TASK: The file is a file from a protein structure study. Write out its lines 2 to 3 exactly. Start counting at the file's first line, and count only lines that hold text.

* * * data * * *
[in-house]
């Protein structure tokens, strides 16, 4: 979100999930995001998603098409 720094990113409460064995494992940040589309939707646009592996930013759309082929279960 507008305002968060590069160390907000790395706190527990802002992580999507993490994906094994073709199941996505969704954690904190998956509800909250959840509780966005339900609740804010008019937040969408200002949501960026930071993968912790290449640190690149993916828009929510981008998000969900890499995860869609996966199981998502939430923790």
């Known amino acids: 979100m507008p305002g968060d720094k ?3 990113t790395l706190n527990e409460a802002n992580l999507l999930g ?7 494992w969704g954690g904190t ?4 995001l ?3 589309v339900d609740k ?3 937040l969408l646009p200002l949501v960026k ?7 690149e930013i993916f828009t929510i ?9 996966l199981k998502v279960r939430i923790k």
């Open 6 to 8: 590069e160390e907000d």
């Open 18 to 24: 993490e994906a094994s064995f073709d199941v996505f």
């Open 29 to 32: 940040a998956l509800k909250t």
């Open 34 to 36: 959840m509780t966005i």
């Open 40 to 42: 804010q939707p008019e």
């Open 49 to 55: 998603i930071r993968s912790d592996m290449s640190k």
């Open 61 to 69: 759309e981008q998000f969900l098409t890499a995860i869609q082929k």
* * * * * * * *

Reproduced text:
């Protein structure tokens, strides 16, 4: 979100999930995001998603098409 720094990113409460064995494992940040589309939707646009592996930013759309082929279960 507008305002968060590069160390907000790395706190527990802002992580999507993490994906094994073709199941996505969704954690904190998956509800909250959840509780966005339900609740804010008019937040969408200002949501960026930071993968912790290449640190690149993916828009929510981008998000969900890499995860869609996966199981998502939430923790």
């Known amino acids: 979100m507008p305002g968060d720094k ?3 990113t790395l706190n527990e409460a802002n992580l999507l999930g ?7 494992w969704g954690g904190t ?4 995001l ?3 589309v339900d609740k ?3 937040l969408l646009p200002l949501v960026k ?7 690149e930013i993916f828009t929510i ?9 996966l199981k998502v279960r939430i923790k």